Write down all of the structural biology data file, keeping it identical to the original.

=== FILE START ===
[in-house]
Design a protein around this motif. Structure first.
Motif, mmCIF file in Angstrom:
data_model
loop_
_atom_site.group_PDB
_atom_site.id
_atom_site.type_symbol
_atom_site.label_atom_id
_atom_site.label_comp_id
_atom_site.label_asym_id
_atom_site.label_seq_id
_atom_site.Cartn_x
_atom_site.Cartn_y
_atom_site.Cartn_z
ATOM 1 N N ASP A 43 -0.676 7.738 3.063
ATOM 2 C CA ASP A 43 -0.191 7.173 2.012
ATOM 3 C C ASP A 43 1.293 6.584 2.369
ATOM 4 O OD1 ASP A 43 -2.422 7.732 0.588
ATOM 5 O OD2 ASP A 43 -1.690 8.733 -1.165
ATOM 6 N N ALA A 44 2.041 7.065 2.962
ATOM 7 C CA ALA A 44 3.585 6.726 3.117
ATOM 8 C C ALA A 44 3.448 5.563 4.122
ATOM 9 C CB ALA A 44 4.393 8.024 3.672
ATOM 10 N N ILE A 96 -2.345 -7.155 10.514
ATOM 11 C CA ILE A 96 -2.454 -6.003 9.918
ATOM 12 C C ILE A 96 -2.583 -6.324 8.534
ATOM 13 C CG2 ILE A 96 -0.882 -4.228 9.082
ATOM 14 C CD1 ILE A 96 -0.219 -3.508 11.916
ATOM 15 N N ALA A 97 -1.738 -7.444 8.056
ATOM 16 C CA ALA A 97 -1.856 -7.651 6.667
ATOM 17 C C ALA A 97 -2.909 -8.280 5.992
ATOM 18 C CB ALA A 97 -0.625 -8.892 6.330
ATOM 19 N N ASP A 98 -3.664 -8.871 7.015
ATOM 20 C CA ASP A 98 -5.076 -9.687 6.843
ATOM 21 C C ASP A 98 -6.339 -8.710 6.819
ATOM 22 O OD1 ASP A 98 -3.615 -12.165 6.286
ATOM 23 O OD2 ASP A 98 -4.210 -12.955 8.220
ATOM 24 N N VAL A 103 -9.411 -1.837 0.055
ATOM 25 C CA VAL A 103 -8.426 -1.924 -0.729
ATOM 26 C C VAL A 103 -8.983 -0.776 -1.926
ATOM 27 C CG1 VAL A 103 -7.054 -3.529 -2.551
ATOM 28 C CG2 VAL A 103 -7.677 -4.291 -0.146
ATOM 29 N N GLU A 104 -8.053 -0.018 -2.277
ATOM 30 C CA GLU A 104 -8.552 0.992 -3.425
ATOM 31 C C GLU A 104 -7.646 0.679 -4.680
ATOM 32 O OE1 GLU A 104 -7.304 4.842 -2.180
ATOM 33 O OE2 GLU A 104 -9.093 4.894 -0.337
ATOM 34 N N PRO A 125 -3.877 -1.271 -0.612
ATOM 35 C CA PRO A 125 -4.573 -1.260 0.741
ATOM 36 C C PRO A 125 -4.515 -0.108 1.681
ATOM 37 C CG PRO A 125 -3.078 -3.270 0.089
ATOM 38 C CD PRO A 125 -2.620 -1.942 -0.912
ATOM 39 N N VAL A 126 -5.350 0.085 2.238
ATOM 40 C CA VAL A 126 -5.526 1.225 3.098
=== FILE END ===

[in-house]
Design a protein around this motif. Structure first.
Motif, mmCIF file in Angstrom:
data_model
loop_
_atom_site.group_PDB
_atom_site.id
_atom_site.type_symbol
_atom_site.label_atom_id
_atom_site.label_comp_id
_atom_site.label_asym_id
_atom_site.label_seq_id
_atom_site.Cartn_x
_atom_site.Cartn_y
_atom_site.Cartn_z
ATOM 1 N N ASP A 43 -0.676 7.738 3.063
ATOM 2 C CA ASP A 43 -0.191 7.173 2.012
ATOM 3 C C ASP A 43 1.293 6.584 2.369
ATOM 4 O OD1 ASP A 43 -2.422 7.732 0.588
ATOM 5 O OD2 ASP A 43 -1.690 8.733 -1.165
ATOM 6 N N ALA A 44 2.041 7.065 2.962
ATOM 7 C CA ALA A 44 3.585 6.726 3.117
ATOM 8 C C ALA A 44 3.448 5.563 4.122
ATOM 9 C CB ALA A 44 4.393 8.024 3.672
ATOM 10 N N ILE A 96 -2.345 -7.155 10.514
ATOM 11 C CA ILE A 96 -2.454 -6.003 9.918
ATOM 12 C C ILE A 96 -2.583 -6.324 8.534
ATOM 13 C CG2 ILE A 96 -0.882 -4.228 9.082
ATOM 14 C CD1 ILE A 96 -0.219 -3.508 11.916
ATOM 15 N N ALA A 97 -1.738 -7.444 8.056
ATOM 16 C CA ALA A 97 -1.856 -7.651 6.667
ATOM 17 C C ALA A 97 -2.909 -8.280 5.992
ATOM 18 C CB ALA A 97 -0.625 -8.892 6.330
ATOM 19 N N ASP A 98 -3.664 -8.871 7.015
ATOM 20 C CA ASP A 98 -5.076 -9.687 6.843
ATOM 21 C C ASP A 98 -6.339 -8.710 6.819
ATOM 22 O OD1 ASP A 98 -3.615 -12.165 6.286
ATOM 23 O OD2 ASP A 98 -4.210 -12.955 8.220
ATOM 24 N N VAL A 103 -9.411 -1.837 0.055
ATOM 25 C CA VAL A 103 -8.426 -1.924 -0.729
ATOM 26 C C VAL A 103 -8.983 -0.776 -1.926
ATOM 27 C CG1 VAL A 103 -7.054 -3.529 -2.551
ATOM 28 C CG2 VAL A 103 -7.677 -4.291 -0.146
ATOM 29 N N GLU A 104 -8.053 -0.018 -2.277
ATOM 30 C CA GLU A 104 -8.552 0.992 -3.425
ATOM 31 C C GLU A 104 -7.646 0.679 -4.680
ATOM 32 O OE1 GLU A 104 -7.304 4.842 -2.180
ATOM 33 O OE2 GLU A 104 -9.093 4.894 -0.337
ATOM 34 N N PRO A 125 -3.877 -1.271 -0.612
ATOM 35 C CA PRO A 125 -4.573 -1.260 0.741
ATOM 36 C C PRO A 125 -4.515 -0.108 1.681
ATOM 37 C CG PRO A 125 -3.078 -3.270 0.089
ATOM 38 C CD PRO A 125 -2.620 -1.942 -0.912
ATOM 39 N N VAL A 126 -5.350 0.085 2.238
ATOM 40 C CA VAL A 126 -5.526 1.225 3.098